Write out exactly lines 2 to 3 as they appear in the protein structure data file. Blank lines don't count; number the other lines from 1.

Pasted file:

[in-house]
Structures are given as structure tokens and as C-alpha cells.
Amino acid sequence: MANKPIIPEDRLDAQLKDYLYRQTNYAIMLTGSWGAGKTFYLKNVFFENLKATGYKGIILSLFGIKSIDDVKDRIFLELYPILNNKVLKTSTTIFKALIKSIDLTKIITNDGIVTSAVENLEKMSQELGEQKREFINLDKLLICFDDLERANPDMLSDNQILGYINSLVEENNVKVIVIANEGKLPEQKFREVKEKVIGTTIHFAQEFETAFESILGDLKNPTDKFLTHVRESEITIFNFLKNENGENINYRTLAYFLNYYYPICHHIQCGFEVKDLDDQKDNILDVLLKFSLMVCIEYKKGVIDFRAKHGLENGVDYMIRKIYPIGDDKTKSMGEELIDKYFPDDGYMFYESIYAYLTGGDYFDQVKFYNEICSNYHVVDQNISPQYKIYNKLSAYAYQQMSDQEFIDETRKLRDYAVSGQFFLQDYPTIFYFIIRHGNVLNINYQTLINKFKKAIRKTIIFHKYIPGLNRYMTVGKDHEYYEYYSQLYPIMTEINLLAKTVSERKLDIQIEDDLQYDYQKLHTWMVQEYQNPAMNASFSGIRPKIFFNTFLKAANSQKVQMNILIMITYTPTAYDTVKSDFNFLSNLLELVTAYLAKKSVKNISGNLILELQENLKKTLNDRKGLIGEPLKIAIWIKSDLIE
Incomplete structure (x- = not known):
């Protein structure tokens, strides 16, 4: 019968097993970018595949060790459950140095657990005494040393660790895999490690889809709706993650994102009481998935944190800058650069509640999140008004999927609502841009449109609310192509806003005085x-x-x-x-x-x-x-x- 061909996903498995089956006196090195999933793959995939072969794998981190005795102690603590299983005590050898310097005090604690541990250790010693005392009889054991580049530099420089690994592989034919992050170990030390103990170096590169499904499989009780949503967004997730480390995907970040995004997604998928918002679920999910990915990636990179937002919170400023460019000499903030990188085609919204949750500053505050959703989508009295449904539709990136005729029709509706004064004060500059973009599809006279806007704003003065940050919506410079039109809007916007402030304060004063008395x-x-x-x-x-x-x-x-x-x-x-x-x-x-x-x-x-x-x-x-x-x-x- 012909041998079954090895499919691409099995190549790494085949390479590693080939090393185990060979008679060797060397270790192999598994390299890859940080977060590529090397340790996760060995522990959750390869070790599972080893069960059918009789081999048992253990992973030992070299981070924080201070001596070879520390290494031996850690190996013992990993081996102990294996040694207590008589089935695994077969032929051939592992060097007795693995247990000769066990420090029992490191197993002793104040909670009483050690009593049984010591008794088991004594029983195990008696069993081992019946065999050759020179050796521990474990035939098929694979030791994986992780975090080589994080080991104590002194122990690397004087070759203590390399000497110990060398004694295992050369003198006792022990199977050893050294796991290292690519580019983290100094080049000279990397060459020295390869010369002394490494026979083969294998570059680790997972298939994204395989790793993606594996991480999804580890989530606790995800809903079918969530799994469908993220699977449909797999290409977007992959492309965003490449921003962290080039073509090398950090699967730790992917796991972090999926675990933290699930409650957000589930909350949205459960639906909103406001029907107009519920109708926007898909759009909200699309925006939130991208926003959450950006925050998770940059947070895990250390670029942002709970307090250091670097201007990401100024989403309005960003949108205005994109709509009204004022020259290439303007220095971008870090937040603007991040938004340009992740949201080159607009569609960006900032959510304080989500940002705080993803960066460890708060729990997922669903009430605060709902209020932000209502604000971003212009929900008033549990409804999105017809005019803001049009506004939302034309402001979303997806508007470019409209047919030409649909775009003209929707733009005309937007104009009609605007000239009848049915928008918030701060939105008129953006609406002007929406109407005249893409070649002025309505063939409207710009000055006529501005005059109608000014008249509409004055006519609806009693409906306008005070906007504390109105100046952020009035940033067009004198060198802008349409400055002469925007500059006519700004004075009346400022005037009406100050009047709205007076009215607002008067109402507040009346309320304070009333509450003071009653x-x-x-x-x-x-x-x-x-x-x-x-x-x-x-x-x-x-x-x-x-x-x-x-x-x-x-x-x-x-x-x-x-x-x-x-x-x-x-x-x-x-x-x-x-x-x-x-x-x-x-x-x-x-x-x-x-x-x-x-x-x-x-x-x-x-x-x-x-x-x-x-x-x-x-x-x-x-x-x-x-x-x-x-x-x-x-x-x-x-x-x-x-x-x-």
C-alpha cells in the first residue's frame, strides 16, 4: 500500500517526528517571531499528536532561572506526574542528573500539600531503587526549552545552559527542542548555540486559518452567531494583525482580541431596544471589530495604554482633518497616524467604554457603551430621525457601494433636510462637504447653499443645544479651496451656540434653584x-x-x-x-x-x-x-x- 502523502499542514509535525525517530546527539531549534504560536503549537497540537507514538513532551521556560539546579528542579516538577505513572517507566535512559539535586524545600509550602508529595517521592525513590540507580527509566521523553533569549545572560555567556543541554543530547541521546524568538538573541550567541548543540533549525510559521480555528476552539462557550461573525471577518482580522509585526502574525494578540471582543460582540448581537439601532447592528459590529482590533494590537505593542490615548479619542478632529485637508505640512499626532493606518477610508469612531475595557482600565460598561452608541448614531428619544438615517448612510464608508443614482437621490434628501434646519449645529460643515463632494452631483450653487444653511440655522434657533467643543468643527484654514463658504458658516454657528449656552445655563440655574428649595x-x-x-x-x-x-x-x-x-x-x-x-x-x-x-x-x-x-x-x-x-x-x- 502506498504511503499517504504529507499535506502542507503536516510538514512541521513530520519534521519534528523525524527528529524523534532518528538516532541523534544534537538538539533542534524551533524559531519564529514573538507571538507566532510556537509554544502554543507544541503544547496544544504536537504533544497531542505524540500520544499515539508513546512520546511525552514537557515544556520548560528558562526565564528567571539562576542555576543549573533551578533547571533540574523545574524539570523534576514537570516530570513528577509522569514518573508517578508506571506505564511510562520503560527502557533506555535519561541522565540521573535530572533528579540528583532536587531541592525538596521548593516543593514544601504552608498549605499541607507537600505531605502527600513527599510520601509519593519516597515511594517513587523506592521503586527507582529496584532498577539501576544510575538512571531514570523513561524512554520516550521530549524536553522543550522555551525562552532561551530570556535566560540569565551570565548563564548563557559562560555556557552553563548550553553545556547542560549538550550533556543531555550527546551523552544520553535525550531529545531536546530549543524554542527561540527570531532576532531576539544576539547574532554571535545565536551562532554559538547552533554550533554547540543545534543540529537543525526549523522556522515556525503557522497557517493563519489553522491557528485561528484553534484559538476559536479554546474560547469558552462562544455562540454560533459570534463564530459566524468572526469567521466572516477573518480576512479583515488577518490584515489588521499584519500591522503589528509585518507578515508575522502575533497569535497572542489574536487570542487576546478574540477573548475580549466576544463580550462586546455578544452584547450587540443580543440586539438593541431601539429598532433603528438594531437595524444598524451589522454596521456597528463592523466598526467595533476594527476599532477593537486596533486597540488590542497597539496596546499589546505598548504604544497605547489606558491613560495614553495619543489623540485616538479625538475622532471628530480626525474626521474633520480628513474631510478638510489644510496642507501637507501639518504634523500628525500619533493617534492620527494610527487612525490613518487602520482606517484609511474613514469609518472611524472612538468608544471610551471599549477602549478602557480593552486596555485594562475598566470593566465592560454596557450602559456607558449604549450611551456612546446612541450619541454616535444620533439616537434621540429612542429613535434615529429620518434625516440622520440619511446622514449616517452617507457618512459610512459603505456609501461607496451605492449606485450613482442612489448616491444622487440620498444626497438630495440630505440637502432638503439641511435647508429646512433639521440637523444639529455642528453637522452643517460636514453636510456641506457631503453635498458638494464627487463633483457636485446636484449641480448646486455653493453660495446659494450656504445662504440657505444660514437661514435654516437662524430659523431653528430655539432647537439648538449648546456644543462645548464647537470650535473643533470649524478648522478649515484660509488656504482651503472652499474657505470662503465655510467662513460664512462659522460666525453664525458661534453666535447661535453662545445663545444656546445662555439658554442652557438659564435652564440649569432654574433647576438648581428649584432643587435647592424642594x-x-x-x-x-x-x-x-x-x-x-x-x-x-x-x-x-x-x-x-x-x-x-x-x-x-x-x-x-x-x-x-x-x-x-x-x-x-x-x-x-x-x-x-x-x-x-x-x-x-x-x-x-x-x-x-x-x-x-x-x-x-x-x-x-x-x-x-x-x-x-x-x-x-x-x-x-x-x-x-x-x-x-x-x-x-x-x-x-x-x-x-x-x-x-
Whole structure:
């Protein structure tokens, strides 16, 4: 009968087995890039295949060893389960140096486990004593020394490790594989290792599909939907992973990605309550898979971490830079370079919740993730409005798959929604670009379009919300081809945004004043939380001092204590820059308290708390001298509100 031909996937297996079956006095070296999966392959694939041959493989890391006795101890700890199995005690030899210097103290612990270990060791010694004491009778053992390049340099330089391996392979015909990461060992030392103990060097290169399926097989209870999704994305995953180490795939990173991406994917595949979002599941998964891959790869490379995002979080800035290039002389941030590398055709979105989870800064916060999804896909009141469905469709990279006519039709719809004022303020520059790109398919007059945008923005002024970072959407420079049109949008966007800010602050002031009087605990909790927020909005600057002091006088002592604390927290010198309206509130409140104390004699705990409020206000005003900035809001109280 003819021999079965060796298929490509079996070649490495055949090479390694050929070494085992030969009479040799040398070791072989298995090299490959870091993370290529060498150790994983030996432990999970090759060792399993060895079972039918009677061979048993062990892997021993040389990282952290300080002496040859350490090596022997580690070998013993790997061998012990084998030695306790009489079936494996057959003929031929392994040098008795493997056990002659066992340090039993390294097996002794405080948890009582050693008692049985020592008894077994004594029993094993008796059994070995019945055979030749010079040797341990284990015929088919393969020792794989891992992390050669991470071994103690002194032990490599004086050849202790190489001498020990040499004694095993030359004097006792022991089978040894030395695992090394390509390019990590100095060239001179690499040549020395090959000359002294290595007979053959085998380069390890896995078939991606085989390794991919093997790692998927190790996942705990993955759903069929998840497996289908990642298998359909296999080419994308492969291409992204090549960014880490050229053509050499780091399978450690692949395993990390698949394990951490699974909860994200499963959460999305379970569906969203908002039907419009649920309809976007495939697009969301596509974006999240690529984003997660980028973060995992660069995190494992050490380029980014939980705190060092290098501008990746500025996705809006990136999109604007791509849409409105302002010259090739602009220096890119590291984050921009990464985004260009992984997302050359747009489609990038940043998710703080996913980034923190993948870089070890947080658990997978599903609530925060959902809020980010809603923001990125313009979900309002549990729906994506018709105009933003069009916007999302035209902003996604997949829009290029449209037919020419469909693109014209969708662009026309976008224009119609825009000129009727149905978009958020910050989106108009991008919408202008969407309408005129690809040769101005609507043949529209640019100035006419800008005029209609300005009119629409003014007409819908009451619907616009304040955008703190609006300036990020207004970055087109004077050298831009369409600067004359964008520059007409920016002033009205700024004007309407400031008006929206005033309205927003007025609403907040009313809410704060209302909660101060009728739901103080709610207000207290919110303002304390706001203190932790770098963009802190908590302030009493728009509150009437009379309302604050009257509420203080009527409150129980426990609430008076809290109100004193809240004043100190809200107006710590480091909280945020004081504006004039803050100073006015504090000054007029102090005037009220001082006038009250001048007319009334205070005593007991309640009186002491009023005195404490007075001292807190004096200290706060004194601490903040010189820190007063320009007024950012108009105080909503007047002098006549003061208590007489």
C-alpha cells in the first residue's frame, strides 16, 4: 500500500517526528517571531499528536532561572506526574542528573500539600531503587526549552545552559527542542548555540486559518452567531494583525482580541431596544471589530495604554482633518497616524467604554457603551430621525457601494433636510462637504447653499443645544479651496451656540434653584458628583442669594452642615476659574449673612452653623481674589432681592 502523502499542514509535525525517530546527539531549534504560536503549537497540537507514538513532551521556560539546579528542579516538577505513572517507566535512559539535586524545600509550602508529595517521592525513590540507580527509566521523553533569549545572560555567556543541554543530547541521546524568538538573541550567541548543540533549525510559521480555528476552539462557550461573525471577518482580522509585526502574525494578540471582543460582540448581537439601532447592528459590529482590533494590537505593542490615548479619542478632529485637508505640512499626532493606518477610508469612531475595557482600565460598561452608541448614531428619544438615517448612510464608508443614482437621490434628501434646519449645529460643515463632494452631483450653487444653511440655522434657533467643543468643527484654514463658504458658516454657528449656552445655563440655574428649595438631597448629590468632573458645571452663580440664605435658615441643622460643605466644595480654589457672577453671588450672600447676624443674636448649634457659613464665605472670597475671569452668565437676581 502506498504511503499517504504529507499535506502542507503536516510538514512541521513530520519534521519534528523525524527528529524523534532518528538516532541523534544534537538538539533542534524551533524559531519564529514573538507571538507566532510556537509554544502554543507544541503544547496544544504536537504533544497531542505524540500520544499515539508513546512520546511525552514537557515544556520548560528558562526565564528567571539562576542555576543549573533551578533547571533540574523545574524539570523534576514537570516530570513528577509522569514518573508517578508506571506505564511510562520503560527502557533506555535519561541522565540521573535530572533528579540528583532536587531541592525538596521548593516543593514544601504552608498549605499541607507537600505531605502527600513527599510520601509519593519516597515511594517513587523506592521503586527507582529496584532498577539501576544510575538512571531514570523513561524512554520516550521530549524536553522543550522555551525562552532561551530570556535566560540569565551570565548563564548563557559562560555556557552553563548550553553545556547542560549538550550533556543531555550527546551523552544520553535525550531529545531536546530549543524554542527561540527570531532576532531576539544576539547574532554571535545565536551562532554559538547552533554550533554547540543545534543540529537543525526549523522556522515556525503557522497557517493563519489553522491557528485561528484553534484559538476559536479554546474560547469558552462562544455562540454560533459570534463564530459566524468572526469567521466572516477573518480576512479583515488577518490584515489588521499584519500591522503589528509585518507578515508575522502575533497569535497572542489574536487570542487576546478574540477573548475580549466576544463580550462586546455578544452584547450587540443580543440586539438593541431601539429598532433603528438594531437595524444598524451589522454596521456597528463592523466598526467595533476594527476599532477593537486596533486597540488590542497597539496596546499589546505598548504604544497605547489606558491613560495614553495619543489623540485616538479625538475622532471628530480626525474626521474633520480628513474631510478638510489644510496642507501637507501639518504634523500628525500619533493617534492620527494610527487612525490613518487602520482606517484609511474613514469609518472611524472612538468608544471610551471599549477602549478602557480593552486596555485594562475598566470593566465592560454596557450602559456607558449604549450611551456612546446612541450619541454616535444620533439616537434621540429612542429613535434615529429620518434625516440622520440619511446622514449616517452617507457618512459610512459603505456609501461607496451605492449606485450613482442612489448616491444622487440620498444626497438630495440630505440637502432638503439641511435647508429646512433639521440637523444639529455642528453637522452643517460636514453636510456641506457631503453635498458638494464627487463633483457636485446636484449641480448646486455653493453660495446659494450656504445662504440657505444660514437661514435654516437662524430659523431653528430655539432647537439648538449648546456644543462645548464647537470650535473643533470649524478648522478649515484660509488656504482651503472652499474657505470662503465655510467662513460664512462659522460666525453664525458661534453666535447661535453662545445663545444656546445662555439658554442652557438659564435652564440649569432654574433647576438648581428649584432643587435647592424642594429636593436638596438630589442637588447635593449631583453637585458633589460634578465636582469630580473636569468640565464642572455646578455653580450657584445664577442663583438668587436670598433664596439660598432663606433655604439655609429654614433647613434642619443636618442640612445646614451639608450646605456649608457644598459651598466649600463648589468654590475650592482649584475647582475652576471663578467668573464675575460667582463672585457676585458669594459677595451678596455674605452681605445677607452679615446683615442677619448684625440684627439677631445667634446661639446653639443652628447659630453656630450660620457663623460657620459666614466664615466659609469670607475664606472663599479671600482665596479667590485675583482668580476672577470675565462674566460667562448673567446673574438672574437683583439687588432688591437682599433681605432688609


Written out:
Structures are given as structure tokens and as C-alpha cells.
Amino acid sequence: MANKPIIPEDRLDAQLKDYLYRQTNYAIMLTGSWGAGKTFYLKNVFFENLKATGYKGIILSLFGIKSIDDVKDRIFLELYPILNNKVLKTSTTIFKALIKSIDLTKIITNDGIVTSAVENLEKMSQELGEQKREFINLDKLLICFDDLERANPDMLSDNQILGYINSLVEENNVKVIVIANEGKLPEQKFREVKEKVIGTTIHFAQEFETAFESILGDLKNPTDKFLTHVRESEITIFNFLKNENGENINYRTLAYFLNYYYPICHHIQCGFEVKDLDDQKDNILDVLLKFSLMVCIEYKKGVIDFRAKHGLENGVDYMIRKIYPIGDDKTKSMGEELIDKYFPDDGYMFYESIYAYLTGGDYFDQVKFYNEICSNYHVVDQNISPQYKIYNKLSAYAYQQMSDQEFIDETRKLRDYAVSGQFFLQDYPTIFYFIIRHGNVLNINYQTLINKFKKAIRKTIIFHKYIPGLNRYMTVGKDHEYYEYYSQLYPIMTEINLLAKTVSERKLDIQIEDDLQYDYQKLHTWMVQEYQNPAMNASFSGIRPKIFFNTFLKAANSQKVQMNILIMITYTPTAYDTVKSDFNFLSNLLELVTAYLAKKSVKNISGNLILELQENLKKTLNDRKGLIGEPLKIAIWIKSDLIE